Raimondi testified that her physical condition remained the same as it was when she testified previously. She further confirmed that Dr. DeShaw prescribed HOT, that he had discussed with her the possible benefits and risks of the treatment, and that she was willing to proceed with HOT. On cross-examination, Raimondi confirmed that Dr. DeShaw informed her of the remote possibility that her condition would worsen as a result of HOT, and that there was some risk of a ruptured eardrum. She also confirmed her awareness that the procedure was considered experimental. Nevertheless, she asserted that she was willing to proceed with the treatment, despite the risks, in the hope that the treatment would relieve or otherwise mitigate her pain.

The court then heard testimony from Dr. DeShaw, without objection, as an expert specializing in infectious disease. He testified that he had been practicing in New Jersey since 1997, and that due to the high prevalence of Lyme disease in the State, his practice had developed to a point where he now sees an average of 100 patients a month. He confirmed that he had been treating Raimondi since March 2009, when "[s]he had been ill for at least a year with symptoms of headache, joint pain, chronic fatigue, low grade fevers, [and] night sweats." Based on these symptoms, he diagnosed Raimondi with Lyme disease.

Dr. DeShaw further testified that prior to March 2011, Raimondi had clinically improved to the point where she was on less medication, and off antibiotics completely. However, he opined that her accident "reactivated" her Lyme symptoms, causing headaches, fatigue, joint pain, and chest pain. He conceded that there were no medical studies to support his conclusion, and that it was difficult "to delineate the orthopedic injury versus the Lyme." Still, it was his "clinical impression . . . that the trauma did reactivate her Lyme symptoms." He reached this conclusion in light of what he had observed in other Lyme disease patients who had experienced a return of symptoms after a trauma, infection, or pregnancy, among other things. After the accident, Dr. DeShaw started Raimondi on a course of antibiotic therapy, to which she did not respond. Thereafter, he switched her to the intravenous antibiotic Ceftriaxone, "which is considered the best treatment for neurologic and musculoskeletal Lyme" disease. To this, Raimondi responded "partially but inadequately."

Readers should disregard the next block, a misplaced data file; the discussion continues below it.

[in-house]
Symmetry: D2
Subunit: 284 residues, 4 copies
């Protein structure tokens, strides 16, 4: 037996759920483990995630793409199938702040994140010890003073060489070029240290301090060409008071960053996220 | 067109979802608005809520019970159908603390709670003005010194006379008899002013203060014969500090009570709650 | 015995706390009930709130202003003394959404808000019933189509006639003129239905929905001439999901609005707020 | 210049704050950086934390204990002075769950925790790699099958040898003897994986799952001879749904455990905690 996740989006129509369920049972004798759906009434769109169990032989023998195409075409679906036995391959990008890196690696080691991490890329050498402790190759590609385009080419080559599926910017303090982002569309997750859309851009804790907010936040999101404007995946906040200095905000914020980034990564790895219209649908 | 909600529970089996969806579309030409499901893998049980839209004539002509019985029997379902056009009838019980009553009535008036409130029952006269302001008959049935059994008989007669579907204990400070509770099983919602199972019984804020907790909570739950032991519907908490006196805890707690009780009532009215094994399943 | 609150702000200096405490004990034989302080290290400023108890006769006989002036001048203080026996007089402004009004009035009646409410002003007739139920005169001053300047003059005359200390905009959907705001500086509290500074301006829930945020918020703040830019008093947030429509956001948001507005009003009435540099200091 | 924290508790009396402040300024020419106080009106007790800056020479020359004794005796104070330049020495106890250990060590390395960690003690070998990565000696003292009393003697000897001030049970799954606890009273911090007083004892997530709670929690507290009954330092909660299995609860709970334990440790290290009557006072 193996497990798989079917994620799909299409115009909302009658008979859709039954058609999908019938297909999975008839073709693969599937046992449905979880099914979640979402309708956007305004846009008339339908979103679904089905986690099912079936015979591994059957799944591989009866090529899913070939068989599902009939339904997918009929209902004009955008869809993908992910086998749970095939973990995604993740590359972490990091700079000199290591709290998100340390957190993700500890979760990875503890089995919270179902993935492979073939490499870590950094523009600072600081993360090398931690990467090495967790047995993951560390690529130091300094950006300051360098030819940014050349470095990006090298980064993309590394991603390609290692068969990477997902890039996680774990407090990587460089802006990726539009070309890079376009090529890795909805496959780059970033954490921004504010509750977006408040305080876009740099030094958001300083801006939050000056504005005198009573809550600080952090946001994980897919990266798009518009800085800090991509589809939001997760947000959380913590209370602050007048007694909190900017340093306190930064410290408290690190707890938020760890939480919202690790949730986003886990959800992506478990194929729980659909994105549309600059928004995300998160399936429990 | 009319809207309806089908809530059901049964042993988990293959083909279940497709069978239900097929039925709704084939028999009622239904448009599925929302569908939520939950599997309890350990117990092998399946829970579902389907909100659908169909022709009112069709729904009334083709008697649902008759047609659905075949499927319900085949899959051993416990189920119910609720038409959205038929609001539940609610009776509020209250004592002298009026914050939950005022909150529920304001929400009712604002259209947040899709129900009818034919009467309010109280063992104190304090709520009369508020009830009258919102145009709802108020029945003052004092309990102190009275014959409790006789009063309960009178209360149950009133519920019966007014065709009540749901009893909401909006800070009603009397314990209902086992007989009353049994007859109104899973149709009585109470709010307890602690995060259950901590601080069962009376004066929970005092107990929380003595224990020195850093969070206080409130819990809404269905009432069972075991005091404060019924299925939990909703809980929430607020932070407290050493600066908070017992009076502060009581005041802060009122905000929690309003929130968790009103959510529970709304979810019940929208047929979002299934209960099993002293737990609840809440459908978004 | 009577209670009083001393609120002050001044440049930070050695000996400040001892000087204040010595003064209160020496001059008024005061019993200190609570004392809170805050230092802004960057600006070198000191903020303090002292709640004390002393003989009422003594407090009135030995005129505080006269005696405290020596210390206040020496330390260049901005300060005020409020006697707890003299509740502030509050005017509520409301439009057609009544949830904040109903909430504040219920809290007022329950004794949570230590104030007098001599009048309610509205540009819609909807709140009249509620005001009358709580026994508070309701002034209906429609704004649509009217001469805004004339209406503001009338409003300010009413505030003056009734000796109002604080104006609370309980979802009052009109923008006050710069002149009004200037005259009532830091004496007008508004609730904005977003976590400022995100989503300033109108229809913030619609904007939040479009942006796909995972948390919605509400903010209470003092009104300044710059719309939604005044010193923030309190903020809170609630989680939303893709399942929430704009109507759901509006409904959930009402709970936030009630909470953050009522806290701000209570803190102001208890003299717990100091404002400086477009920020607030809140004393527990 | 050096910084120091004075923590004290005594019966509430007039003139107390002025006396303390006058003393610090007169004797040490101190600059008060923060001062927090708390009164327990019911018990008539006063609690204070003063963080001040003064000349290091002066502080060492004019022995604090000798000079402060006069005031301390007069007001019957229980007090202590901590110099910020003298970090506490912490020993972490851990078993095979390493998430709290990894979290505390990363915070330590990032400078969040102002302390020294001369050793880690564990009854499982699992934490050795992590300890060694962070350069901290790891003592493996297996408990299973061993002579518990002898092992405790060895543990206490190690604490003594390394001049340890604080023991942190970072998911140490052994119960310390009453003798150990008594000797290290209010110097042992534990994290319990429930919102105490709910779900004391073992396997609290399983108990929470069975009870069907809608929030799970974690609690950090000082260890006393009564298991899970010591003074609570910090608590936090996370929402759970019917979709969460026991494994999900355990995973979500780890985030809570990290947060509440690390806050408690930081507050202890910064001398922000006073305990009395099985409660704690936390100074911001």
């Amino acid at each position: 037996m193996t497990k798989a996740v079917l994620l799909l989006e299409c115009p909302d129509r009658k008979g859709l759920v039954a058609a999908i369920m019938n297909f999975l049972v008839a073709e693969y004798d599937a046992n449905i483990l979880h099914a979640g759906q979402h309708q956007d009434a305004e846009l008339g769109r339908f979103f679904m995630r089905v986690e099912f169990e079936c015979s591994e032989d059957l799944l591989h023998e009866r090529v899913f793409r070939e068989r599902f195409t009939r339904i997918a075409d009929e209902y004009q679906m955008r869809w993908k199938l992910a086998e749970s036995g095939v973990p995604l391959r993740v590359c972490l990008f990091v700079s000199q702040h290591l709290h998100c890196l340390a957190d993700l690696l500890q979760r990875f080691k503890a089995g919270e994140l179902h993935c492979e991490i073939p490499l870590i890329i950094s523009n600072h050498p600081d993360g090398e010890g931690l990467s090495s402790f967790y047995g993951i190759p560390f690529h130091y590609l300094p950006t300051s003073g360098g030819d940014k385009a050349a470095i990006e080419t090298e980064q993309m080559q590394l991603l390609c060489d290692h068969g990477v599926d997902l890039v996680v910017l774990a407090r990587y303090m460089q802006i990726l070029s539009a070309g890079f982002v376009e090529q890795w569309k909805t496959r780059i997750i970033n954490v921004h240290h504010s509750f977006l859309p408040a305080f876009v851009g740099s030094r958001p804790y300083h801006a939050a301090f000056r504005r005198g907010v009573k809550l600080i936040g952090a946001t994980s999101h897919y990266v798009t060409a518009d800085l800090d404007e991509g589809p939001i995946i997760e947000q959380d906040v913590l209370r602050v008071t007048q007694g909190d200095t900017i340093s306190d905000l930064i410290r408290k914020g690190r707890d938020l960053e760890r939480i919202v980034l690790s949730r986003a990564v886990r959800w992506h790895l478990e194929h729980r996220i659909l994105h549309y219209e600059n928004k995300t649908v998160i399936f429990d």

Dr. DeShaw also performed certain tests to determine whether Raimondi had active (as opposed to dormant) Lyme disease. He testified that she had previously tested positive under the "Western Blot" test, but that her later results were negative. However, Dr. DeShaw did not consider the Western Blot to be a reliable indicator of active disease, because patients did not always produce the antibodies tested by the Western Blot. In addition, a recent analysis of her spinal fluid from a lumbar puncture had tested "normal." Dr. DeShaw questioned the validity of those results as well, because the lumbar puncture had been performed while Raimondi was on antibiotics. He also testified that the "CD-57" test, which he considered more reliable, produced a positive result for active Lyme disease within the last three to four months; but he conceded that the CD-57 had not been performed since Raimondi had suspended her IV treatment, and would probably be repeated soon.

Still, in light of his findings, and Raimondi's lack of response to treatments, Dr. DeShaw recommended a course of HOT which he described as:

a form of therapy in which a patient enters an enclosed tank that allows the oxygen concentration to be increased to just several atmospheres above the normal oxygen concentration and high levels of oxygen are found to be toxic to bacteria, really any bacteria that are causing infections in the body, and the oxygen penetrates to areas where antibiotics may not be able to reach, like the central nervous system, or the spinal canal, or the joints.

Dr. DeShaw testified that over the last ten years, he had prescribed HOT for about 240 patients in all, and approximately twenty patients with Lyme disease. He opined that the treatment was medically necessary to restore Raimondi back to a state of health and would enable her to return to work.

When asked whether the treatment presented risks, Dr. DeShaw replied that the patient could experience perforation of the eardrum, which would be addressed by monitoring the patient on a regular basis. Also, patients with a preexisting lung disease may have a collapsed lung, but Raimondi had no such condition. Finally, Dr. DeShaw acknowledged that there could be an initial worsening of the symptoms at the start of the treatment. However, he had observed no instances in which this spike in symptoms was permanent; in fact, he considered the spike to be a positive sign, indicating that the infection was being treated. Moreover, he had observed a similar worsening of patients' symptoms at the start of antibiotic therapy—which he had previously prescribed for Raimondi.

On cross examination, Dr. DeShaw conceded that HOT was not considered a standard treatment for Lyme disease. Still, he maintained that in his own experience the treatment was not experimental, but had proven successful for many of his Lyme disease patients.